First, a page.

Texas court throws out Prestigious Pets’ ‘nondisparagement’ lawsuit

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From Paul Alan Levy (Public Citizen), who represented the customer and her husband; here’s an excerpt (some paragraph breaks added):

A state District Court in Dallas (Judge Jim Jordan of the 160th District) has struck down a lawsuit over a non-disparagement clause in a form consumer agreement, holding that it could not be enforced against a consumer who expressed dissatisfaction about the service provided by a local business. Although we have won default judgments in Utah against Kleargear and in New York against Accessory Outlet, this case represents the first time a company defended its non-disparagement clause with a brief, and thus the first time we have had a judge’s ruling refusing to enforce such a clause….

The order arose because Michelle Duchouquette, a consumer in Plano, Texas, expressed her dissatisfaction on Yelp about some of the policies of Prestigious Pets. While she and her husband were away on vacation, she noticed from security cameras in their home that the bowl containing their pet fish had become cloudy, a sign of overfeeding. She felt that, had Prestigious Pets provided a way for her to get directly in touch with the assigned pet sitter, such problems might be avoided.

Prestigious Pets then brought suit in a small claims court, seeking a few thousand dollars in damages as well as an injunction. The company claimed both defamation and breach of the non-disparagement clause which, unbeknownst to Michelle Duchouquette and her husband Robert, had been inserted into the fine print of the pet-sitting contract. The Duchouquettes retained counsel and filed a motion to dismiss under the Texas anti-SLAPP statute.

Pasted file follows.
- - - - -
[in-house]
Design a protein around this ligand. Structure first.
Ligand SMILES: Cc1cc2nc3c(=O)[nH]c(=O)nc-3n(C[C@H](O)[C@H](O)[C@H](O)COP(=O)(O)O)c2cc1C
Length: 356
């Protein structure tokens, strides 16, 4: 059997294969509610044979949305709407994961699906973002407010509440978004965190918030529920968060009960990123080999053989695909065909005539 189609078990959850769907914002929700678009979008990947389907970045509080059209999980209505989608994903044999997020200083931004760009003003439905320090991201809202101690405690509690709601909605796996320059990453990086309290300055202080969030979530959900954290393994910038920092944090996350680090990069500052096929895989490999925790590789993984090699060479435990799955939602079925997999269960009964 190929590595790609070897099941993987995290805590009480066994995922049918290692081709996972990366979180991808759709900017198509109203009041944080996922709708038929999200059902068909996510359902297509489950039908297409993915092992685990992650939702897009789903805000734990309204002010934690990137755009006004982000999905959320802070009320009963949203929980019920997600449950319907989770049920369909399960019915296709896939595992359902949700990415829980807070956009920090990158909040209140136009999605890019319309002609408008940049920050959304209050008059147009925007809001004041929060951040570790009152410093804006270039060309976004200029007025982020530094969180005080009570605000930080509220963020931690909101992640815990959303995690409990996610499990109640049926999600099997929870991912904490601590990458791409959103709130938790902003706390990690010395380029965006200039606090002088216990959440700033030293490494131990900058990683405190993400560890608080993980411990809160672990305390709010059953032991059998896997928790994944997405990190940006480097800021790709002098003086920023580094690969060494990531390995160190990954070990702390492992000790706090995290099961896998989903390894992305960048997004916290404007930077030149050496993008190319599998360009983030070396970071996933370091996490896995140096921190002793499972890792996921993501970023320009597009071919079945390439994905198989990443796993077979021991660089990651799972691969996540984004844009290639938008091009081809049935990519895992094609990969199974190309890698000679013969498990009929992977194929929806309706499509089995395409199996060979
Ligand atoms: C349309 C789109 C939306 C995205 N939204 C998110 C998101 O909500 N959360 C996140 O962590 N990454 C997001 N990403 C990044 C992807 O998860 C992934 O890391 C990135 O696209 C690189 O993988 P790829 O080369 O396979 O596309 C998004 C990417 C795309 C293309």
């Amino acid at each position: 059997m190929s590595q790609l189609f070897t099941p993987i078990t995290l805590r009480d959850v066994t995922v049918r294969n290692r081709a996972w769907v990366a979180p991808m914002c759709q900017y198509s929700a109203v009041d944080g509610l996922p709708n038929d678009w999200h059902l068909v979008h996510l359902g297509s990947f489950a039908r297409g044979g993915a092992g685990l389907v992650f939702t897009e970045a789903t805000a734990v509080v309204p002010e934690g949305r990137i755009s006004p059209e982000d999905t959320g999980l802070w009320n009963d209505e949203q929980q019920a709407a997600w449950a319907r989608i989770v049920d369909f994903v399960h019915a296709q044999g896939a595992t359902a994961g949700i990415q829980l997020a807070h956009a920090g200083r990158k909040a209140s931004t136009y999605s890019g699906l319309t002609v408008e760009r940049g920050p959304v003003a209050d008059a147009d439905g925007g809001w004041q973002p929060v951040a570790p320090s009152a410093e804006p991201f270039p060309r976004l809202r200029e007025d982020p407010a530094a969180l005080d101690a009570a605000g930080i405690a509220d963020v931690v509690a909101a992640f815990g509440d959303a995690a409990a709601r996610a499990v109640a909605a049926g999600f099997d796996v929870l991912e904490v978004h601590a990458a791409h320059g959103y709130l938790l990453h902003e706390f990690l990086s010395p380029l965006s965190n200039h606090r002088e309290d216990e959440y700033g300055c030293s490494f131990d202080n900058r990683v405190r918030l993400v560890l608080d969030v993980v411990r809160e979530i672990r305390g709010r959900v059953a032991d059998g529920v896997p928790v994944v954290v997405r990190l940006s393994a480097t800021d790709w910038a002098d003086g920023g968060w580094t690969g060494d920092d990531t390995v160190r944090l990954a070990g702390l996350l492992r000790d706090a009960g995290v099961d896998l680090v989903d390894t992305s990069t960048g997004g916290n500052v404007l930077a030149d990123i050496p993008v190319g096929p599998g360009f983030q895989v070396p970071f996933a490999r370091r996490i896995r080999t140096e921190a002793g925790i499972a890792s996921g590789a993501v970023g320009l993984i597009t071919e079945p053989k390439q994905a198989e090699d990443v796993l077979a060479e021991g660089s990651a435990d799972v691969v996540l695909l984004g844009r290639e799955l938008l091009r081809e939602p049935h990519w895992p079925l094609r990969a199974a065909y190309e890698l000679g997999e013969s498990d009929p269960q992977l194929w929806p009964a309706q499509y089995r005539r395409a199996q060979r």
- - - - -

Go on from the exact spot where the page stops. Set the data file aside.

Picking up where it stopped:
After Cristin Severance, the consumer reporter for the Dallas CBS affiliate, ran a story on the case, the story went viral, because the fact that a pet-sitting company would not only have a non-disparagement clause but would go so far as to sue its customers for mild criticism touched a nerve. Criticism rained down on the company for its lawsuit, and, according to the company’s affidavits, its new business fell off sharply.

But rather than simply defending its right to enforce a non-disparagement clause, or cutting its losses and accepting the judgment of the market that suing a customer is not a good way to get new business, Prestigious Pets doubled down and hired Dallas lawyer Bill Richmond who, in turn, filed a lawsuit seeking up to a million dollars in damages on the ground that the loss of business occasioned by the news reports about its lawsuit was the Duchouquettes’ fault.